8

On Ruiz Zambrano many case notes were published, amongst others: P. van Elsuwege (2011), ‘Shifting the Boundaries? European Union Citizenship and the Scope of Application of EU Law – Case No. C-34/09, Gerardo Ruiz Zambrano v. Office national de l’emploi’, Legal Issues of Economic Integration 38(3), 263–276; K. Hailbronner and D. Thym (2011), ‘Case C-34/09, Gerardo Ruiz Zambrano v. Office national de l’emploi (ONEm), Judgment of the Court of Justice (Grand Chamber) of 8 March 2011’, Common Market Law Review 48(4), 1253–1270; H. van Eijken and S.A. de Vries (2011) ‘A New Route into the Promised Land? Being a European Citizen after Ruiz Zambrano’, European Law Review 36(5), 704–721; R. Morris (2011), ‘European Citizenship and the right to move freely: internal situations, reverse discrimination and fundamental rights’, Maastricht Journal of European and Comparative Law, 179–189.

9

C-34/09 Ruiz Zambrano, para. 42.

10

Also all intervening Member States and the European Commission argued that the situation was purely internal, see C-135/08, Rottmann, EU:C:2010:104, para. 37.

11

Opinion A-G Maduro in C-135/08, Rottmann, EU:C:2009:588.

12

Opinion A-G Maduro in Rottmann, paras. 10–13.

13

Opinion A-G Maduro in Rottmann, para 33.

14

C-135/08, Rottmann, para 42.

15

G.R. de Groot and A. Seling (2011), ‘Decision of 2 March 2010, Case C-135/08, Janko Rottman v. Freistaat Bayern – Case Note II – The Consequences of the Rottman Judgment on Member State Autonomy – The European Court of Justice’s Avant-Gardism in Nationality Matters’, European Constitutional Law Review 7(1), 150–160; H.U. Jessurun d’Oliveira (2011), ‘Decision of 2 March 2010, Case C-135/08, Janko Rottman v. Freistaat Bayern – Case Note I – Decoupling Nationality and Union Citizenship?’, European Constitutional Law Review 7(1), 138–149; A. Seling (2010), ‘Case C-135/08 Janko Rottmann v. Freistaat Bayern, Judgment of the Court of Justice (Grand Chamber) of 2nd March 2010, nyr – Towards a direct “droit de regard”?’, Maastricht Journal of European and Comparative Law 17(4), 470–478.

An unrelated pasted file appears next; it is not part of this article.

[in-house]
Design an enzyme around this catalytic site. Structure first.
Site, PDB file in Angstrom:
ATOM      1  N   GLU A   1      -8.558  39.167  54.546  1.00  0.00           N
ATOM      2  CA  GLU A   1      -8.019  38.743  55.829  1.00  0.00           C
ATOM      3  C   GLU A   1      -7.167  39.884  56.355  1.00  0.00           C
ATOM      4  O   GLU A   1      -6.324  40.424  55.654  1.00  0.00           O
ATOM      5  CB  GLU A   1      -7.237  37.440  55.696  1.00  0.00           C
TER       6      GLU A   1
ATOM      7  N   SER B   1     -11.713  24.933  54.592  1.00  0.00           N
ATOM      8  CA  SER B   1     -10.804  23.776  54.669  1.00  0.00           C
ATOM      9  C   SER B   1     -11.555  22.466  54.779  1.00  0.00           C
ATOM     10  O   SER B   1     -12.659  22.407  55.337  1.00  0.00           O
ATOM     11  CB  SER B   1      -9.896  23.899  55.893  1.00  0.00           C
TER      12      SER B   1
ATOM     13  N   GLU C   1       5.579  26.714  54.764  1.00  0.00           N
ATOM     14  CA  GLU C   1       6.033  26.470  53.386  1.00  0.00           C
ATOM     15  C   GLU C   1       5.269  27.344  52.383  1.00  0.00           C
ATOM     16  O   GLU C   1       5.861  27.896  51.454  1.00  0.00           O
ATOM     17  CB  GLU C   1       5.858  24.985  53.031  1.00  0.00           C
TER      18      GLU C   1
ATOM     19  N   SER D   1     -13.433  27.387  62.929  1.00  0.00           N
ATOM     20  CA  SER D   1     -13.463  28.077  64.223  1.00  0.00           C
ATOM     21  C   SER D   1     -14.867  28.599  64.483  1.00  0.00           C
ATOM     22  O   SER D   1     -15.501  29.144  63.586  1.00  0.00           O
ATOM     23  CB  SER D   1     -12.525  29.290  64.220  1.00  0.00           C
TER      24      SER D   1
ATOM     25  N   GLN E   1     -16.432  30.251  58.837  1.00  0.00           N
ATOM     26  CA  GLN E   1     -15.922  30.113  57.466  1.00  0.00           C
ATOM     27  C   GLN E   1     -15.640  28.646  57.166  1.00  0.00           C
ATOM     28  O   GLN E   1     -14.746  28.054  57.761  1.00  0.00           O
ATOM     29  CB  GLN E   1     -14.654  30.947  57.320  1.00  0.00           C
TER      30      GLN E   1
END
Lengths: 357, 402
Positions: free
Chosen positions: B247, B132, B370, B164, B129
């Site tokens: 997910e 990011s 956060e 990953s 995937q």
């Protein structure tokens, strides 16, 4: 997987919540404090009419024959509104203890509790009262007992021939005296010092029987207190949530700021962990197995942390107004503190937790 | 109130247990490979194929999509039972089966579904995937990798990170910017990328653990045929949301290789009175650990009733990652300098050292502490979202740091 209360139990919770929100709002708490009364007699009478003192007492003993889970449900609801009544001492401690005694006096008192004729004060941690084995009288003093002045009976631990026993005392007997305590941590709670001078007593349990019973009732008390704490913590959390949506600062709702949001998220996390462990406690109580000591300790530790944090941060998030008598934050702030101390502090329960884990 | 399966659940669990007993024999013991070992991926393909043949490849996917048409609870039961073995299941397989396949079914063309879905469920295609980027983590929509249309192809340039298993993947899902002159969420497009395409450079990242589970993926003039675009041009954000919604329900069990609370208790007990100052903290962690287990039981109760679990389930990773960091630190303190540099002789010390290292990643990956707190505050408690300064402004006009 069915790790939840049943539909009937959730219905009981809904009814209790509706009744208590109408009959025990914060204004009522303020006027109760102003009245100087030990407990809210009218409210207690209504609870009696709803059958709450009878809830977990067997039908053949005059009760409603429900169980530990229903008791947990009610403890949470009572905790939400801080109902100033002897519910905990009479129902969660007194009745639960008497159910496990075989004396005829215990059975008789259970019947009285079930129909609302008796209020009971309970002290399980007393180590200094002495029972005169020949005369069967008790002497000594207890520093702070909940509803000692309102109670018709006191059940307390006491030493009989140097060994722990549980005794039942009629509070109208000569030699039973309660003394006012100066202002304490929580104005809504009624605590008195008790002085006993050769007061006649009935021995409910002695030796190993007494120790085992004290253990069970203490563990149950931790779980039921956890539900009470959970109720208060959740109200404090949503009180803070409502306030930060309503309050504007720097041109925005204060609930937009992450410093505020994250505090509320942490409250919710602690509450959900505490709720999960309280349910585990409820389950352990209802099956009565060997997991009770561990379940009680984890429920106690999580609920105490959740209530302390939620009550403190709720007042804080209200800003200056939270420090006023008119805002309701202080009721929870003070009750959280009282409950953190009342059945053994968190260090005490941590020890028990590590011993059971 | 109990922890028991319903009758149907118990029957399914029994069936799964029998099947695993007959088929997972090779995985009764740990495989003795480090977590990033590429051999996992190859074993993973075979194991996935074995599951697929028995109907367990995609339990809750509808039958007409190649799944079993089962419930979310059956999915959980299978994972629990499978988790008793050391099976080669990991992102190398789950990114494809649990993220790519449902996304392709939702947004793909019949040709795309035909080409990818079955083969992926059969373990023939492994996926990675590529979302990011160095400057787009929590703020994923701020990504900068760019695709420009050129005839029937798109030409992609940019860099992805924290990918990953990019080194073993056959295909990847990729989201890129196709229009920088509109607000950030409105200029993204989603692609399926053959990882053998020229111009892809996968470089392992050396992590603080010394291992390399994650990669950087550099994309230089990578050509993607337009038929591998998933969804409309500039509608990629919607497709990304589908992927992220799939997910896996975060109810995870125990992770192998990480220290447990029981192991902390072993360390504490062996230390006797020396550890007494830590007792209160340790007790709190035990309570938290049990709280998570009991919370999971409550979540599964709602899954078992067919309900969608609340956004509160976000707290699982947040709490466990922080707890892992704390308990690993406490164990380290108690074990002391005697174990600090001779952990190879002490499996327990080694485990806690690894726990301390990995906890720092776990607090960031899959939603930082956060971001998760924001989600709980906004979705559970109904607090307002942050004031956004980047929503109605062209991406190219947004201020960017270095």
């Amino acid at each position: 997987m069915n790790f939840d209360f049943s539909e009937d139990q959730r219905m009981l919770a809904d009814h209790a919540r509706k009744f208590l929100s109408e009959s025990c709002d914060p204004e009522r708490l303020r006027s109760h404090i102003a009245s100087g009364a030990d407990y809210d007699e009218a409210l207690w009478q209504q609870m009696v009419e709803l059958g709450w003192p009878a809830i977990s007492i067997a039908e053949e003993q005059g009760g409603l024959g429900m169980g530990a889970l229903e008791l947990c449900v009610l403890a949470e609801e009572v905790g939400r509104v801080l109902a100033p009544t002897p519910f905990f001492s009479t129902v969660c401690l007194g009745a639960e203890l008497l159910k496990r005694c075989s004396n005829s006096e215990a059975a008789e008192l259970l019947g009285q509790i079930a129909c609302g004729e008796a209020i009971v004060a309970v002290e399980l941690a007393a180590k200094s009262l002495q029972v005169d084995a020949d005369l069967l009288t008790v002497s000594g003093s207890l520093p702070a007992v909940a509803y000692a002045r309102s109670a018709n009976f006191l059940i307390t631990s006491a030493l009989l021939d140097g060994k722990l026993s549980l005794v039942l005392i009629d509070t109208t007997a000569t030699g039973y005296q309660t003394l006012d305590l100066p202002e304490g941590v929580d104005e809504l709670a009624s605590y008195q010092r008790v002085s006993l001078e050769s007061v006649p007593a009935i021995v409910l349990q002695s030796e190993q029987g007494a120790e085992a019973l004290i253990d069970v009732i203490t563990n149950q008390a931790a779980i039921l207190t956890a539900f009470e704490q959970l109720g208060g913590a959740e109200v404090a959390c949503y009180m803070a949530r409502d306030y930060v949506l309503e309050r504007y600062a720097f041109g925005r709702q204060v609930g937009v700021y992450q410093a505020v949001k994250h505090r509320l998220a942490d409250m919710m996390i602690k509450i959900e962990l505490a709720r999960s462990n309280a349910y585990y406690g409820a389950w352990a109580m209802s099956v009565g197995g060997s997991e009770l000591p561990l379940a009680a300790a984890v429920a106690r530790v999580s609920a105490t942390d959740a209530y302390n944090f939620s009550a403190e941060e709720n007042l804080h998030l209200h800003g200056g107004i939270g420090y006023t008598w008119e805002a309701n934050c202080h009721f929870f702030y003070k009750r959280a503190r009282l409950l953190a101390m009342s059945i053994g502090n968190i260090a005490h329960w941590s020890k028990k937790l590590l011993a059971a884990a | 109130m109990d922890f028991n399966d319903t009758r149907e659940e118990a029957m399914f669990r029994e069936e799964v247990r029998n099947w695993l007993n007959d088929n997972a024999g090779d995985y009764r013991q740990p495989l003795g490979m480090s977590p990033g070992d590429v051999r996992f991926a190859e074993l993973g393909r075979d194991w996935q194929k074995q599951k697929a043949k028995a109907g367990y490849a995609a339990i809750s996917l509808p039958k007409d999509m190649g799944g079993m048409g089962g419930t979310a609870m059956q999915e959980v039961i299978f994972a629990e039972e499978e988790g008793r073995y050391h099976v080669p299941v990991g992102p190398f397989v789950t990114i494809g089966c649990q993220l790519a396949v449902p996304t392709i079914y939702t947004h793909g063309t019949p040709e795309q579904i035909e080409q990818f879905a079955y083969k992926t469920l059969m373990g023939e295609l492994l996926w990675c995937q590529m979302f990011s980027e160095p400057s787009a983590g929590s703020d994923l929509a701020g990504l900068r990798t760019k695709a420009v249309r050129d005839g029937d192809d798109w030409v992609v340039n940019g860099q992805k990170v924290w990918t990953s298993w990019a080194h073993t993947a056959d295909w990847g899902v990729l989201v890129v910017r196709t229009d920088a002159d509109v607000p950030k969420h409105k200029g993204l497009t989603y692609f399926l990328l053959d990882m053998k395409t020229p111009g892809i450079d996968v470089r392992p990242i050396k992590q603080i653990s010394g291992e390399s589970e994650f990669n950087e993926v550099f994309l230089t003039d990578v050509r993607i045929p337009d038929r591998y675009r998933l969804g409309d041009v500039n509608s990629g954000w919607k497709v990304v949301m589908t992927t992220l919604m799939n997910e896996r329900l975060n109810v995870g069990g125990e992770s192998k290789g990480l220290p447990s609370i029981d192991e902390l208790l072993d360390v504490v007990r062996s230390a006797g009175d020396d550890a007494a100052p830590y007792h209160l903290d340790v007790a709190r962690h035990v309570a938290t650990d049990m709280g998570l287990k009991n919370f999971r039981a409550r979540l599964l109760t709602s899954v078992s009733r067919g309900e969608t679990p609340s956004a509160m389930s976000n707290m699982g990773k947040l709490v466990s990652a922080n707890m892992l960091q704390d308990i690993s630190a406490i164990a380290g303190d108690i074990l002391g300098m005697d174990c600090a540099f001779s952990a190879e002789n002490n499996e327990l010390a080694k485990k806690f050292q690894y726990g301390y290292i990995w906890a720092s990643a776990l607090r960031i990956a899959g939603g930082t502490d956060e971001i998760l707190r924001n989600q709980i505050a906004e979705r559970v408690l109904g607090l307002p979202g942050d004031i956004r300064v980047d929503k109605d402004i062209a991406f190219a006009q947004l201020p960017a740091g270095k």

16

K. Lenaerts (2015), ‘EU citizenship and the European Court of Justice’s “stone-by-stone” approach’, International Comparative Jurisprudence 1(1), 1–10; J. Langer, ‘EU citizenship: from the cross-border link to the genuine enjoyment-test – understanding the stone-by-stone approach of the Court of Justice’, in: J. van der Harst, G. Hoogers and G. Voerman (eds), European Citizenship in Perspective (Edward Elgar Publishing, 2018), 82–102.

17

C-85/96, Martinez Sala, EU:C:1998:217.

18

S. O’Leary (1999), ‘Putting Flesh on the Bones of European Union Citizenship’, European Law Review 24, 68–79; see also F.G. Jacobs (2007), ‘Citizenship of the European Union – A Legal Analysis’, European Law Journal 13(5), 591–610.

19

C-34/09 Ruiz Zambrano, para 42.

20

C-403/03 Schempp, EU:C:2005:446. Also in Garcia Avello there was no actual free movement, but there was a cross-border situation, in the sense that the EU citizens concerned were residing in another Member State than their nationality, C-148/02, Garcia Avello, EU:C:2003:539.

21

See also Garcia-Avello, in which the connection with free movement was also very limited, since only the parents had moved from one Member State to another Member State, whereas the children did never exercise their right to free movement. However as the children were Spanish nationals legally residing in Belgium, they fitted in the ‘Martinez Sala’-test.

22

C-650/13 Delvigne, EU:C:2015:648.

23

H. van Eijken and J.W. van Rossem (2016), ‘Prisoner disenfranchisement and the right to vote in elections to the European Parliament: Universal suffrage key to unlocking political citizenship?’, European Constitutional Law Review 12, 114–132; S. Coutts (2017), ‘Delvigne: A Multi-Levelled Political Citizenship’, European Law Review 6, 867–881.

24

F. Wollenschläger (2011), ‘A new fundamental freedom beyond market integration: Union citizenship and its dynamics for shifting the economic paradigm of European integration’, European Law Journal 17(1), 1–34.

25

The relationship between Article 20 TFEU and the Charter is complicated and it is well-described in N. Nic Shuibhne, ‘Union citizens and fundamental rights’, in: D. Thym, Questioning EU citizenship (Hart Publishing 2020), 209–243.

26

Van Eijken and De Vries 2011.

27

N. Nic Shuibhne (2011), ‘Seven Questions for Seven Paragraphs’, European Law Review 36, 161–162.

28

C-434/09 Shirley McCarthy, EU:C:2011:277, paras 49–50; P. van Elsuwege (2011), ‘Court of Justice of the European Union European Union Citizenship and the Purely Internal Rule Revisited Decision of 5 May 2011, Case C-434/09 Shirley McCarthy v. Secretary of State for the Home Department’, European Constitutional Law Review 7(2), 308–324.

29

C-256/11 Dereci, EU:C:2011:734.

30

C-256/11 Dereci, para 66.

31

Van Elsuwege 2011.

32

C-256/11 Dereci, para 68.

33

C-256/11 Dereci, para 72.

34

C-133/15, Chavez-Vilchez, EU:C:2017:354.

35